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Title:
Food intermediate having sequestered phytosteryl esters in a polysaccharide matrix
United States Patent 8168248
Abstract:
The present invention is related to a novel food intermediate containing a phytosteryl esters complex and the method used to create the food intermediate. The food product provides beneficial hypocholesterolemic activity through increased cholesterol-uptake inhibition while simultaneously delivering a food product that is not adversely affected by its inclusion, either in taste or texture or in any undesirable side effects.


Inventors:
Plank, David W. (Taylors Falls, MN, US)
Lewandowski, Daniel J. (Bloomington, MN, US)
Froseth, Barrie R. (Plymouth, MN, US)
Devries, Jonathan W. (Coon Rapids, MN, US)
Application Number:
12/768966
Publication Date:
05/01/2012
Filing Date:
04/28/2010
Assignee:
General Mills, Inc. (Minneapolis, MN, US)
Primary Class:
Other Classes:
426/549
International Classes:
A23D9/007; A21D2/14; A21D2/16; A21D2/18; A21D10/00; A23L1/10; A23L1/164; A23L1/30; A61K31/575; A61K47/48
Field of Search:
426/549, 426/611, 426/573, 426/577
View Patent Images:
US Patent References:
7732000Food intermediate having sequestered phytosteryl esters in a polysaccharide matrixJune, 2010Plank et al.426/549
6939713Assay and method for quantifying the levels of steryl esters and free sterols in starch-containing food productsSeptember, 2005Lewandowski et al.
6835558Beta-glucan compositions and process thereforeDecember, 2004Van Lengerich et al.
20040028795Stable homogeneous emulsifier-free suspension, its method of preparation and use in food compositionsFebruary, 2004Doat et al.
6677327Phytosterol and phytostanol compositionsJanuary, 2004Gottemoller
20030165572Water-dispersible encapsulated sterolsSeptember, 2003Auriou
20030068357Food product for lowering cholesterol levelsApril, 2003Vala et al.
20020183530Method for purifying phytosterol concentrates using a pressurized fluid (carbon dioxide)December, 2002Aaltonen et al.
6423363Aqueous dispersionJuly, 2002Traska et al.
20020012733Compositions for reducing hypercholesterolemia and controlling of postprandial blood glucose and insulin levelsJanuary, 2002Kester et al.
20020006461PRODUCT, METHOD FOR ITS MANUFACTURE, AND ITS USEJanuary, 2002Haarasilta et al.
6174560Substance for lowering high cholesterol level in serum and methods for preparing and using the sameJanuary, 2001Miettenen et al.
6136349Food seasoning, food ingredients and food item compositions and methods for their preparationOctober, 2000Karppanen et al.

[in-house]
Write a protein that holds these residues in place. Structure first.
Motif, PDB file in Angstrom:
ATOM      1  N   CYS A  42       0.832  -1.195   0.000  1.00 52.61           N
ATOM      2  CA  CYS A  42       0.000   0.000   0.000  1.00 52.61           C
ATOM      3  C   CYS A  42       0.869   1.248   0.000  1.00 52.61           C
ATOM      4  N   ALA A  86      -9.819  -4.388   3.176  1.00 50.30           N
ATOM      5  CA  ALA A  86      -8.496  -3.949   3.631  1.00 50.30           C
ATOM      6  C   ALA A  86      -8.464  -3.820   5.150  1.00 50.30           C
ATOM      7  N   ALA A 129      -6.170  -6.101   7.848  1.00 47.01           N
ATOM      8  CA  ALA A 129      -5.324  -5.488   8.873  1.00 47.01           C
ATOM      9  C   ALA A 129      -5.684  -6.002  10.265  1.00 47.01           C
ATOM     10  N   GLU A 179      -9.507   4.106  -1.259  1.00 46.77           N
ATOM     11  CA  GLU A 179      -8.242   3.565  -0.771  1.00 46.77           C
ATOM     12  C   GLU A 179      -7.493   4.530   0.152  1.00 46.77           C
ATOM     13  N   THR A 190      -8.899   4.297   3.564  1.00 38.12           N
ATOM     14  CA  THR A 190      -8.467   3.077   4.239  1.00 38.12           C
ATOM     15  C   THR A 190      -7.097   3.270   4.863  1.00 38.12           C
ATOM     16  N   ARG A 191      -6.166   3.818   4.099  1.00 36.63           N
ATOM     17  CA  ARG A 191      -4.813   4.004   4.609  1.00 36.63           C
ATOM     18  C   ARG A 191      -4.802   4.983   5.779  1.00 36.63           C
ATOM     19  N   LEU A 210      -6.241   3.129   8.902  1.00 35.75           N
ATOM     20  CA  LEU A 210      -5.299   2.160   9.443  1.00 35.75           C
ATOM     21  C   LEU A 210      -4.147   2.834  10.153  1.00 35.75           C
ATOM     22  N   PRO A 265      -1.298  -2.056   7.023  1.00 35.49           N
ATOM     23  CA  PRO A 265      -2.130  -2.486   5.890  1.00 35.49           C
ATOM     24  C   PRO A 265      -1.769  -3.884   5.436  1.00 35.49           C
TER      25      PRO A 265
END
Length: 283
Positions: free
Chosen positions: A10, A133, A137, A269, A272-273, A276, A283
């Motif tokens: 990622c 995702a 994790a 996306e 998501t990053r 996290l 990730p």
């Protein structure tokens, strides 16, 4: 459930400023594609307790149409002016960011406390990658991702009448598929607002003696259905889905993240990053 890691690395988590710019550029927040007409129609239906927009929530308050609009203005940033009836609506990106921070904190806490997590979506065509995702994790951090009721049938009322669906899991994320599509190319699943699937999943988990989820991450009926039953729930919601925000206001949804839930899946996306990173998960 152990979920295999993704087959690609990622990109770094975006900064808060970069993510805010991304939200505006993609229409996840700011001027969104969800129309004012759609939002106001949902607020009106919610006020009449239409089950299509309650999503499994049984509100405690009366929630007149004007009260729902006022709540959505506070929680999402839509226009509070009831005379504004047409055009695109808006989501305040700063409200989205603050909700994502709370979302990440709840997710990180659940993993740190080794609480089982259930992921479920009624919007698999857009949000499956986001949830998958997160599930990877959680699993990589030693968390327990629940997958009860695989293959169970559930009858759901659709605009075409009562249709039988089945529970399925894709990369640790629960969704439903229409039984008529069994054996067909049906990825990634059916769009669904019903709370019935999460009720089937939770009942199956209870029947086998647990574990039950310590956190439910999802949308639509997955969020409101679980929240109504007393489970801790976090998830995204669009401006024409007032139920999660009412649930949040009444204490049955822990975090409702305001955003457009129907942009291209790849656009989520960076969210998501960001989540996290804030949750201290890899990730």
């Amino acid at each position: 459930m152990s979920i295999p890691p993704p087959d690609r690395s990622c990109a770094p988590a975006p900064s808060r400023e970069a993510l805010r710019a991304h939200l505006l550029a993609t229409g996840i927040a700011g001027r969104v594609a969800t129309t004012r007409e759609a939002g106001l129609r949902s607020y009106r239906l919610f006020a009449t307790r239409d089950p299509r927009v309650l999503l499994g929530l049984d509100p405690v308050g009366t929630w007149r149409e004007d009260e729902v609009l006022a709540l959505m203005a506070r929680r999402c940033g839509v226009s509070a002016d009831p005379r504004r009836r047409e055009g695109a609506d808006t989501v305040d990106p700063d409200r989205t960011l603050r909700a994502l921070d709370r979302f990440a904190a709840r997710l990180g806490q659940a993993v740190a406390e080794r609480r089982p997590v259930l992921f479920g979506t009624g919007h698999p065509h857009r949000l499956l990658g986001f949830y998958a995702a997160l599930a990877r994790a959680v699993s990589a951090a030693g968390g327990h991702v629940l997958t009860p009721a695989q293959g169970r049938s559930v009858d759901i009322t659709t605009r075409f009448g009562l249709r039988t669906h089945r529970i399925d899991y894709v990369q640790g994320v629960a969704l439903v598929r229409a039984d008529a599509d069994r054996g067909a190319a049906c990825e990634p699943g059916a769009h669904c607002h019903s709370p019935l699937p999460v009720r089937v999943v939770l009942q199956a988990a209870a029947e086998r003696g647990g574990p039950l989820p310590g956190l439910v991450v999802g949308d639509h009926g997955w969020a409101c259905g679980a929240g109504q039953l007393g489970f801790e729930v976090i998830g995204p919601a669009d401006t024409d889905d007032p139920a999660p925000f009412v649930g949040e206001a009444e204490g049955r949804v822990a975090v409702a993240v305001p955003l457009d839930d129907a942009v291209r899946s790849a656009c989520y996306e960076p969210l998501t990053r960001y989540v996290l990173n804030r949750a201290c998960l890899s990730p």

5747464Dietary supplement incorporating β-sitosterol and pectinMay, 1998See
5244887Stanols to reduce cholesterol absorption from foods and methods of preparation and use thereofSeptember, 1993Straub
3881005Pharmaceutical dispersible powder of sitosterols and a method for the preparation thereofApril, 1975Thakkar et al.
Foreign References:
EP0947197October, 1999Method for producing water dispersible sterol formulations
GB934686March, 1962
JP02299548November, 1990BAKED CONFECTIONERY FOR IMPROVING LIPID IN BLOOD AND PRODUCTION THEREOF
WO/1999/039715August, 1990READILY ABSORBABLE PHYTOSTEROLS TO TREAT HYPERCHOLESTERROLEMIA
WO/1995/000158January, 1995DIETARY SUPPLEMENT INCORPORATING BETA-SITOSTEROL AND PECTIN
WO/2001/030359May, 2001CHOLESTEROL LOWERING AND BLOOD LIPIDS LOWERING COMPOSITION
Other References:
Anon, “Food and Drug Administration, HHS,” 21 CFR 101.83, Edition Apr. 1, 2001, pp. 147-150.
Potter, N. N., 1973, “Food Science,” Second Edition, The AVI Publishing Co., Inc., Westport, CT., p. 464.
Lee, Frank, 1975, “Basic Food Chemistry” The AVI Publishing Co., Inc., Westport, CT., pp. 17-18, 31-32.
Desrosier, N. W., 1977, “Elements of Food Technology,” AVI Publishing Co., Inc., Westport, CT., p. 147.
Hoseney, R. C., 1986, “Principles of Cereal Science and Technology,” Second Edition, Am, Association of Cereal Chemists, Inc., St. Paul, Mn, pp. 12, 35-39, 44-47, 264-265.
Pomeranz, Y., 1988, “Wheat: Chemistry and Technology,” vol. 1, Am. Association of Cereal Chemists, Inc., St. Paul, Mn, pp. 375, 388-397.
Anon, 2000, “Plant Sterol and Stanol Margarines and Health,” Malcolm Law, BMJ, vol. 320, pp. 861-864.
Code of Federal Regulations, 2004, “Health Claims: Plant Sterol/Stanol Esters and Risk of coronary Heart Disease,” FDA, 21CF101.83, p. 7.
Primary Examiner:
Paden, Carolyn
Attorney, Agent or Firm:
Bjorkman, Dale
O'toole, John A.
Parent Case Data:

CROSS-REFERENCES TO RELATED APPLICATIONS

The present Continuation Patent Application claims the benefit of U.S. patent application Ser. No. 10/176,822, filed Jun. 20, 2002 now U.S. Pat. No. 7,732,000, entitled “FOOD INTERMEDIATE HAVING SEQUESTERED PHYTOSTERYL ESTERS IN A POLYSACCHARIDE MATRIX,” which application is incorporated herein by reference in its entirety.

Claims:
The invention claimed is: